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Coupons & Healthy Living

Posted Nov 22 2010 12:00am
Speaking of frugal , let's talk coupons. Who doesn't like saving a little money, right?

I used to think coupons were great, if you wanted to save $.55 on a box of Toaster Strudel or .$30 on a can of Hormel Chili. Big whoop.

But coupons and healthy living are not mutually exclusive. You can eat well and still save big at the same time.

Step 1: Know your store's coupon policies.

If you live in the southeast, Publix and Kroger are probably the most prevalent chains in your area. The majority of Targets and Walmarts are of the "super" variety as well, meaning they basically contain a full grocery store with fresh produce, meat, and bakery items.

Points to know
  • All these stores accept manufacturer coupons

  • Publix and Kroger will automatically double manufacturer coupons ≤ $.50 in face value.

  • Publix, Kroger, and Super Target also issue their own store coupons (on their websites & in-store)

  • They will allow you to combine one store coupon with one manufacturer coupon per item

  • Publix (at least in the ATL metro) will also accept competitors' store coupons (e.g. Super Target & Kroger)

  • Kroger lets you stack e-coupons (that you load on you club card via kroger.com, cellfire.com, and shortcuts.com) with paper coupons


  • Publix and Kroger run Buy One, Get One Free (BOGO) sales on a long list of items each week. You don't have to buy 2. This just means each item will ring up as 50% off at the register. Combine a BOGO item (50% off) with a manufacturer's coupon AND a store coupon; now you're talking big savings.

    (Note: If you live in Florida, BOGO is just that. The first item rings up at full price, the second one rings up as free...whether you actually take it or not. So your out of pocket totals will always be a little higher.)

    Use drug stores deals to nab toiletries and diapers for free or close to free. Rite Aid, CVS, and Walgreens will combine store coupons and manufactuer coupons as well. They also issue register rewards ("Up Rewards" at Rite Aid, "Extra Care Bucks" at CVS, "Register Rewards" at Walgreens) when you purchase certain items each week. These "rewards" print out on your receipt and act like gift cards that you can use towards anything on your next purchase. Make separate transactions at the register to "roll" these rebates towards the next item, and walk away spending very little out of pocket.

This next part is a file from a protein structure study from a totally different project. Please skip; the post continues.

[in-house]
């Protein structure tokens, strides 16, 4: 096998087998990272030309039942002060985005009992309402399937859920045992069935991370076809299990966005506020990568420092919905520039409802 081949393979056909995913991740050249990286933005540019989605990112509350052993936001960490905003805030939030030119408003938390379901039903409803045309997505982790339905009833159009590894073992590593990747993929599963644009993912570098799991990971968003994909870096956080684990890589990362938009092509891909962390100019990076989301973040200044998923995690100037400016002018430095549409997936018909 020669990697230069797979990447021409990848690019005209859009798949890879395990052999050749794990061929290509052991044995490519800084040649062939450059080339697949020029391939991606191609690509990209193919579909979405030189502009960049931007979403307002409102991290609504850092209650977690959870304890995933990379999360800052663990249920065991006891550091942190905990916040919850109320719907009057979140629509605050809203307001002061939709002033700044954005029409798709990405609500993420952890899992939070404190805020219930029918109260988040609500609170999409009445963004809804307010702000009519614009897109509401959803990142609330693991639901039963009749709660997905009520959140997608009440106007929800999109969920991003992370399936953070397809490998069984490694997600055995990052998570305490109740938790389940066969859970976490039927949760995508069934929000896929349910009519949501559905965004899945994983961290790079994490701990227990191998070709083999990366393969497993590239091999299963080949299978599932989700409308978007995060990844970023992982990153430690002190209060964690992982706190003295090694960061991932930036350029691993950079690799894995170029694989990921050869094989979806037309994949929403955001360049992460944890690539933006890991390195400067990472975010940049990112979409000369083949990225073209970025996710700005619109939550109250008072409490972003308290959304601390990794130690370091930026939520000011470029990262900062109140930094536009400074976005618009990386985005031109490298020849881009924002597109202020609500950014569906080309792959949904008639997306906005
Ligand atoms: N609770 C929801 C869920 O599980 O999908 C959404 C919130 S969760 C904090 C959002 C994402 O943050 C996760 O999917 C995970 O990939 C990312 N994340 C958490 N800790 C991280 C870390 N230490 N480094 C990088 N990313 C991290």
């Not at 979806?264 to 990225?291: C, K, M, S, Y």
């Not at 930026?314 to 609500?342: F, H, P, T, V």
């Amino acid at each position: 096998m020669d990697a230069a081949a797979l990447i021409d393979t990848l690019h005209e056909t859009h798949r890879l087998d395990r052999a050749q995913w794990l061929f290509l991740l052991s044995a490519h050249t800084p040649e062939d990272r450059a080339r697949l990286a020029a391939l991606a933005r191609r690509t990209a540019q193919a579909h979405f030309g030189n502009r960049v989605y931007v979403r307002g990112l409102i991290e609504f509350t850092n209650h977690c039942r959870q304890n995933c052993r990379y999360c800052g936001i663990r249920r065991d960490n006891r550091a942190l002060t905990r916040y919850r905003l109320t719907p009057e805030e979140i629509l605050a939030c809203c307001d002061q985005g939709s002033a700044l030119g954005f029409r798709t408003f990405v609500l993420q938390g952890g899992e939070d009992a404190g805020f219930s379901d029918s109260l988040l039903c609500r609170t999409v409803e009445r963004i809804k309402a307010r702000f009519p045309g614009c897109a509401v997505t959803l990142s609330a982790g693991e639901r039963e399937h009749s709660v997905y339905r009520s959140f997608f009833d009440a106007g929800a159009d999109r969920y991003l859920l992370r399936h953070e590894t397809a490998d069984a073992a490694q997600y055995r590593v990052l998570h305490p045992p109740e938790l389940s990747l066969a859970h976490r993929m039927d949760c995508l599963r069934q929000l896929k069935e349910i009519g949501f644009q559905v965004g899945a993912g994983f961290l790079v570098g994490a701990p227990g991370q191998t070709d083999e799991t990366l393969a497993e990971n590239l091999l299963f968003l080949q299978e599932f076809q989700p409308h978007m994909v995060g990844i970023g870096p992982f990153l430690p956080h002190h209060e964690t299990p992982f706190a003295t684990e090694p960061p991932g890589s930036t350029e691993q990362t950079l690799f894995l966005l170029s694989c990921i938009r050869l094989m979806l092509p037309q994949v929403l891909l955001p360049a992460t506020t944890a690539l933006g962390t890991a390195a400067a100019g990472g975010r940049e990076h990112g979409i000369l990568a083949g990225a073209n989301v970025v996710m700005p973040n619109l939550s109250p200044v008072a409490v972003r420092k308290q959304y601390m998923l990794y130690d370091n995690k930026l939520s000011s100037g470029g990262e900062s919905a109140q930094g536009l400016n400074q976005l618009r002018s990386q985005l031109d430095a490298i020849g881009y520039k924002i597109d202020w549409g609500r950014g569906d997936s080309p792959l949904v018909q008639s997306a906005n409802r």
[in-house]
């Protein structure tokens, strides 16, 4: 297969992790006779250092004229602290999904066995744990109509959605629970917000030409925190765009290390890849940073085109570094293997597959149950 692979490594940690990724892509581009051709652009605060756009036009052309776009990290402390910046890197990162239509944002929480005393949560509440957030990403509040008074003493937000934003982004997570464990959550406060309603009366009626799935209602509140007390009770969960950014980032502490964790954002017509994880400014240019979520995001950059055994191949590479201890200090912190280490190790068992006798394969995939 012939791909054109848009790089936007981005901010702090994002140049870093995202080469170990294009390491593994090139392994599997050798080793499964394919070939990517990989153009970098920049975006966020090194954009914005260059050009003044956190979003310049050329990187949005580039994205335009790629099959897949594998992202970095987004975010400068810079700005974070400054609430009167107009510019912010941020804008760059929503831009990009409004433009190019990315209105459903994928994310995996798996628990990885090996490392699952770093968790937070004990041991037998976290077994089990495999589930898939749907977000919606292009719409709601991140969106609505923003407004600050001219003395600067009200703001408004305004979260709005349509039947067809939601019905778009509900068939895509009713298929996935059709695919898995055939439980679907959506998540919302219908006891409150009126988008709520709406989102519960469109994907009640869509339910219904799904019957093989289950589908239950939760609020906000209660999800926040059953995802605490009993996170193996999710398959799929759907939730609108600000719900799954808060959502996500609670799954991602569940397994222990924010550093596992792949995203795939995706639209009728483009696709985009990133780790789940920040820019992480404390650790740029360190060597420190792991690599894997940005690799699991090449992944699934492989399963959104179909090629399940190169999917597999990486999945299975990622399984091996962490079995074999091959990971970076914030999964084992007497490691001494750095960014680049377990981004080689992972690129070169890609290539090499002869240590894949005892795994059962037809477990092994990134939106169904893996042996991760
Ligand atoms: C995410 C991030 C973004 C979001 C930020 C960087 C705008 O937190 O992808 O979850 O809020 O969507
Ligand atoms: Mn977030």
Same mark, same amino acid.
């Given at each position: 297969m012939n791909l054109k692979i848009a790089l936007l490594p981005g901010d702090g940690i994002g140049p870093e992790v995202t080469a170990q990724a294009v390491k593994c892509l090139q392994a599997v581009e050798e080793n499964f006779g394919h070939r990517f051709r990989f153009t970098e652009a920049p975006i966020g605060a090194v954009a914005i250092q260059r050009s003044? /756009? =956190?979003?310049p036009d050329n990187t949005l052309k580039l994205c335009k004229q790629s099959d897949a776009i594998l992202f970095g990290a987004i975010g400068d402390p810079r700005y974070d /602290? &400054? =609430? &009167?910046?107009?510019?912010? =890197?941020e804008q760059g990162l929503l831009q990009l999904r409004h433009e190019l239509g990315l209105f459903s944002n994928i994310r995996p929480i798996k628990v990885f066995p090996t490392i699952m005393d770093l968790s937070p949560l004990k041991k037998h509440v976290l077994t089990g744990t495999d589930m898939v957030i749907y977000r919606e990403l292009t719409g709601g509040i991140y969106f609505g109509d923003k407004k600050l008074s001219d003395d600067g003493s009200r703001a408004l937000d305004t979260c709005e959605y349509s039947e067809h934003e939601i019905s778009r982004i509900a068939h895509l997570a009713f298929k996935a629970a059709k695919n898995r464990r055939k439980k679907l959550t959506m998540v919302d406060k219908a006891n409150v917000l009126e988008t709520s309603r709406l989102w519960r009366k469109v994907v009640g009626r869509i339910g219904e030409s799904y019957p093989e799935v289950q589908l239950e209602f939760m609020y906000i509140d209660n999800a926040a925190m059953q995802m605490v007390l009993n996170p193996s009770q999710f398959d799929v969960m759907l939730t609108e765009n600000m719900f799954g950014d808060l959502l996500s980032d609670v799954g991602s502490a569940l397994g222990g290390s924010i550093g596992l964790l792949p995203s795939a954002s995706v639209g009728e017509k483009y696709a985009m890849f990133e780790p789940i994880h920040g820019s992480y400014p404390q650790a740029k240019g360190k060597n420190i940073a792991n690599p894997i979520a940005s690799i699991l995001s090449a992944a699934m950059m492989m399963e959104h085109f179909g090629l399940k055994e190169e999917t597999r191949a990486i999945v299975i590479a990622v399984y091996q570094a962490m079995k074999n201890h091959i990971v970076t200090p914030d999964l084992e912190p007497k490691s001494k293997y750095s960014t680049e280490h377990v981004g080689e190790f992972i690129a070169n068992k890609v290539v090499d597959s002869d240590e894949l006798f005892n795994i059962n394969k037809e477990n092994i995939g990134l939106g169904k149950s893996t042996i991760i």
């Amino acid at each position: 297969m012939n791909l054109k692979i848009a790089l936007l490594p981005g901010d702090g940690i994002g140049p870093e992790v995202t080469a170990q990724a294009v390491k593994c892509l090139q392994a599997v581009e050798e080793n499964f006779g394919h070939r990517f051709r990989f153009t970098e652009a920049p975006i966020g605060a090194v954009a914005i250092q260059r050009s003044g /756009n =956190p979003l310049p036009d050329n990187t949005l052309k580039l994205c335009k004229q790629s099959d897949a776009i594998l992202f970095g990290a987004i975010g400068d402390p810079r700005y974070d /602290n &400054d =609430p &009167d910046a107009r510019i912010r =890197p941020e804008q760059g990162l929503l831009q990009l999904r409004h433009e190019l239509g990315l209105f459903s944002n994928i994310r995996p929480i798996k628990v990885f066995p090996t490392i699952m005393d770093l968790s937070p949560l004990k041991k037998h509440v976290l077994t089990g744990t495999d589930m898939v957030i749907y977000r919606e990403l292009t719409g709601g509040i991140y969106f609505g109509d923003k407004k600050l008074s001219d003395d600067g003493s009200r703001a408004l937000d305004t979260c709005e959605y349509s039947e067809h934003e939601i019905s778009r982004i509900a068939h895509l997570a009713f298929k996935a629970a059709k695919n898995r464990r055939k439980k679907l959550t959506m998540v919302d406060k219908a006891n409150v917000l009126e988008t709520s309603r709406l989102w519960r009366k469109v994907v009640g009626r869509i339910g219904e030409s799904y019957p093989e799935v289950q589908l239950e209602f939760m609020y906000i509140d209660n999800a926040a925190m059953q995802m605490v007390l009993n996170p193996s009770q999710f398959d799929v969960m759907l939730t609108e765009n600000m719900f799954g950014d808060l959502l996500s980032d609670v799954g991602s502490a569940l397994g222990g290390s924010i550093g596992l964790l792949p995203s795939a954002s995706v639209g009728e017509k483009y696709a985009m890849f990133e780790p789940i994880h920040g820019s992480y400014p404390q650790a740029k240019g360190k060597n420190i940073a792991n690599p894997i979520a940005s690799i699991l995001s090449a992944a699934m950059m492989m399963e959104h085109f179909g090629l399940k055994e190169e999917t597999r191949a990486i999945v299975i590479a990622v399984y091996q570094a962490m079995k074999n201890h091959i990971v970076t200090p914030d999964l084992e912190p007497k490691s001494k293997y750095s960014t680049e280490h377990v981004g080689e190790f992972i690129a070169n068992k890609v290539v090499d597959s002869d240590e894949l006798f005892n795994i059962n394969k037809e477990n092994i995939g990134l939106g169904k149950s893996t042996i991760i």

Be sure to sign-up for your store's member loyalty cards, and scan them every time to get all the advertised discounts.

    Step 2: Know where to find coupons

    I always buy two Sunday newspapers, so when I find good deals I can get at least two of them. But there are many more resources for coupons then just the newspaper.

    Knowing where to find coupons for the things you like to buy is key. You’re not likely to find coupons for organic products in your Sunday newspapers. You can almost always get coupons by going directly to the company's website or facebook page. Some of my favorite organic sites include
    www.stonyfieldfarms.com
    www.cascadianfarms.com
    www.horizondairies.com
    www.mambosprouts.com

    My go-to sites to get manufacturer coupons on everything else are
    www.coupons.com
    www.smartsource.com
    www.redplum
    www.allyou.com
    www.cellfire.com
    www.shortcuts.com

    Step 3: Let other people do the work for you.

    Subscribe to couponing and deal spotting blogs. They will constantly update you on new coupons that are available and how to pair them up with weekly sales.

    My favorites
    Money Saving Mom
    Passionate Penny Pincher
    Southern Savers
    Saving Money Living Life

    There are many more tips and nuances to couponing. The is a comprehensive place to get started. Also do a google search to find couponing workshops in your area.

    I’ve seen my monthly "stuff" bill (grocery/toiletry/diapers/cleaning products, etc) go from over $600 down to $325 a month since I started couponing seriously in September. No more buying generics and shopping exclusively at Wally World . It’s all name brand stuff from regular stores now.

    And don't forget, tis the season to help others. There are a lot of good sales and coupons out now for the holidays. It's a good time to stock up on toiletries, non perishables and baking items for donating charity.

    Here are some samples of my recent shopping trips:

    Sorry this was taken with my old cell phone. I was so excited with my bargains I had to email a picture to M when I got home. He replied ecstatically with "Ok, cool."



    To decipher the picture for you, included here are things like two huge containers of organic baby spinach, organic milk and eggs, greek yogurt, organic pasta sauce, organic tofu, Kashi bars…not exactly the cheapest items at the grocery store.

    By combining Kroger specials and coupons my total went from 69.64 to 36.68 (including tax). A 47% savings.


    And my biggest deal to date. I purchased everything on this table for $2.42 out of pocket...including the prescription and tax.


    I filled a generic prescription that cost $5, and used a coupon to get the $25 gift card they were offering for transferring it from another pharmacy. I bought the diapers using coupons and the gift card, and paid nothing out of pocket. Then I the used the register rewards they were offering on the diapers that week, along with more coupons, to pay for everything else pictured in a second transaction.



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